Moving My Static Site to a WordPress site

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6 users commented


A few comments

1. Why not set up the dev server on a local box? You can change your windows host file and your apache virtual host settings so that resolves to the local site on your computer. When dev is done, you move it and reset the windows host file. You can create a simple script to do this in one click for 1-second changing back and forth; I usually just use example.loc (for local) but that might not work with a lot of rewrites.

2. Why aren’t you just rewriting the URLs (no 301) just a rewrite so you can keep the old URLs? A simple rule to strip off the .html and wouldn’t you have what you want?

said Tom Lambert on December 16th, 2008 at 1:00 am

Good points, but I think I have good ripostes…

The first point was using a local server. Setting up Apache is OK, but I was told many years ago that putting MySQL on a windows box was asking for disaster. That may not be the case now, but in any event I had third party developers working on the WordPress theme and transferring the content, so it made sense to do it on the web server itself as the designers were remote anyway.

The second point… as I say… I SO tried to keep the old urls with a rewrite hack, but the previous urls ended in .htm and even when I implemented the hack, WordPress insisted on adding a trailing slash… (.htm/). I didn’t pick up on this until it went live and by then there was duplication issues all over the place.

It’s nearly all sorted now. Traffic yesterday is down about 12% on the previous highs, but now I have been messing with some of the content and Descriptions, this may be because my traffic is getting more targeted, not worse. Certainly my sales have doubled now. Trebling them will need more work, but all in all a success.

I would recommend making the move from a static site to a CMS based one to others in the same boat, but you really do need to know what you are doing. Nerves of steel and most importantly the ability to react very quickly on the days following the switch. Something is going to go wrong… you just need to be able (or pay someone else to be able) to spot the problems quickly enough.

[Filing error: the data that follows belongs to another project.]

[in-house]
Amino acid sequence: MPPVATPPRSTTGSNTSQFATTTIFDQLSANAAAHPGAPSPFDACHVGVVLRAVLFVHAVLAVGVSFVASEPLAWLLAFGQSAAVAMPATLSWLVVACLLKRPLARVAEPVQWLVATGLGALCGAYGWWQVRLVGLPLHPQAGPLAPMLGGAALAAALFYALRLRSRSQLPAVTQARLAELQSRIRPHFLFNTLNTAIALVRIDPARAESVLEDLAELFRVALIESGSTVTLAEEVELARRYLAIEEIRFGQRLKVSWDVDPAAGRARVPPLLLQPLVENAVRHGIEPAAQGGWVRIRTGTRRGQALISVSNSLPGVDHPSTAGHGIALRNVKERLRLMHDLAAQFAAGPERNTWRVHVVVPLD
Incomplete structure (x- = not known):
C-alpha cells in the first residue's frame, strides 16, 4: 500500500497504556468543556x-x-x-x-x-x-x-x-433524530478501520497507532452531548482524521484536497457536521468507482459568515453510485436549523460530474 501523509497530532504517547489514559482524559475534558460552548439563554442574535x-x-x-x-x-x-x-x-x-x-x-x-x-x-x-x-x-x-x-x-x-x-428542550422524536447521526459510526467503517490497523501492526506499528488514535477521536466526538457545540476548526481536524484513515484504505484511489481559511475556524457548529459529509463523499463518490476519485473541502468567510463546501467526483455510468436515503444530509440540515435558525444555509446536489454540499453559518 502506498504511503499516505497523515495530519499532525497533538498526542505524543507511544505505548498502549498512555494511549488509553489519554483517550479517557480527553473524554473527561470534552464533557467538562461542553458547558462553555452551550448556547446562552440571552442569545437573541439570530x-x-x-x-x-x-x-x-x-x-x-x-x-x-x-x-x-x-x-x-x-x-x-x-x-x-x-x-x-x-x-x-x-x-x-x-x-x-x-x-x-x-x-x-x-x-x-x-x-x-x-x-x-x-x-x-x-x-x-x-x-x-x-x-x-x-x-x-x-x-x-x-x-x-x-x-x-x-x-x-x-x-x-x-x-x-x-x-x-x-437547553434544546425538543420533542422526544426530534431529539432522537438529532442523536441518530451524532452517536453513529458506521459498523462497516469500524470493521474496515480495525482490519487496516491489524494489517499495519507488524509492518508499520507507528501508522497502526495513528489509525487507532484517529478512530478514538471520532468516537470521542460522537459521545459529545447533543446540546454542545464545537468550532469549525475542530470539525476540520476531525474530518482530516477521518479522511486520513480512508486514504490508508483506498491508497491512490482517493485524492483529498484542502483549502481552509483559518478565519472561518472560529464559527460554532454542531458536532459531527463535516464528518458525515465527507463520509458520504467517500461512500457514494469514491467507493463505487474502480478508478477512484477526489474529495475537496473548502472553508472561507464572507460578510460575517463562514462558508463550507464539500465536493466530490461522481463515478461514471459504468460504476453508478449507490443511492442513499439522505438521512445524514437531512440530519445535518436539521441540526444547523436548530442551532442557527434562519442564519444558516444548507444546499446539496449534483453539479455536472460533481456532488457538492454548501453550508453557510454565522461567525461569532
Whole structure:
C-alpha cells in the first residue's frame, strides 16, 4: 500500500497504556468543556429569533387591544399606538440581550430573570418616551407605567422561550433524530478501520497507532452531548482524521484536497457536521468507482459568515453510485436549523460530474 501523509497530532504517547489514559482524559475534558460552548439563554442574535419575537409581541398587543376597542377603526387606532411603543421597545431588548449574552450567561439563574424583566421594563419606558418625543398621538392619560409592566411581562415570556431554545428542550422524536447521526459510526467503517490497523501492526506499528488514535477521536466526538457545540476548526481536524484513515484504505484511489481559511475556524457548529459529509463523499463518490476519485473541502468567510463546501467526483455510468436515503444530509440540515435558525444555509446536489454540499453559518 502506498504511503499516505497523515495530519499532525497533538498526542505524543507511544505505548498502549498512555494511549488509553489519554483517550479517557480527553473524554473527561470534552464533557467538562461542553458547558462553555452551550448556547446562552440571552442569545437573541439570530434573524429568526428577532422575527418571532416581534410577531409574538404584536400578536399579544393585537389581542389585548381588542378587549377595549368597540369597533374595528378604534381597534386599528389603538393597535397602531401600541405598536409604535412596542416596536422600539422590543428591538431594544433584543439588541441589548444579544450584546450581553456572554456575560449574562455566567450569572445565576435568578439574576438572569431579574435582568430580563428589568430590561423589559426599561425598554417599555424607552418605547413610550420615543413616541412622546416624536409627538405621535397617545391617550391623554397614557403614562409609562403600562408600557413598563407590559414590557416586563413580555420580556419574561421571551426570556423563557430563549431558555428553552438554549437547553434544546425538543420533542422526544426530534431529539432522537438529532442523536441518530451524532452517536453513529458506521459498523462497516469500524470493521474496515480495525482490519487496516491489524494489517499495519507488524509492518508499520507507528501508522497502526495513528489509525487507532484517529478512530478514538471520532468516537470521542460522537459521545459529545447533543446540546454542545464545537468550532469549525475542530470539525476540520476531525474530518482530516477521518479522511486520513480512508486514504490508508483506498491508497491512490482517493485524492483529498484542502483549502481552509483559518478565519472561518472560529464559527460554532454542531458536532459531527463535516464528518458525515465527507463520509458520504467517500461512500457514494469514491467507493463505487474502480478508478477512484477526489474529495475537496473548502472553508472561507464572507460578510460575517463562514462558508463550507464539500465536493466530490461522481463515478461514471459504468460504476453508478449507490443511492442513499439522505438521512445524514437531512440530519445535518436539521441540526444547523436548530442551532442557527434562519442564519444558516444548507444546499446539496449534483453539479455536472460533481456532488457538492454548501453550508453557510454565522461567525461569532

said Dixon Jones on December 16th, 2008 at 9:36 am


How nice of WP to help you out like that. I don’t think I quite understood what you were saying there the first time.

>>MySQL on a windows box

I don’t know about a production site, but I’ve mirrored tons of MySQL DBs to Windows, and ones a lot bigger and more cumbersome than the typical WP database. I’ve never had a problem since MySQL 3.??? (so many years). Some things (MySQL but also PHP scripts in general) can be surprisingly slow, but since you’ll typically only have one concurrent request….

Anyway, I’ve rarely had a problem with building on Windows and rolling out to *nix. I get it running. FTP everything over to a dummy directory (, upload the DB, and then just change the directory names. If I don’t like it, change the names back and test some more.

said Tom Lambert on December 17th, 2008 at 6:33 am
said AussieWebmaster (AussieWebmaster) on January 3rd, 2009 at 12:47 am

thanks for the useful info
i would wanna try wordpress soon

Yours sincerely,

said don on January 21st, 2009 at 2:55 am

I would suggest to go by the wordpress way. You can create a new WP based site and add all the data, pages, posts in a default manner. Then simply edit .htaccess file and tell about permanent redirect like this

Redirect 301

i hope this is easier without messing up anything. Moreover, i think www or non www is a personal choice but its wise to stick with any one of these option and not both. Google or other search engines might treat both of them as separate sites.

said Katie @ Women Magazine on November 9th, 2010 at 7:29 am

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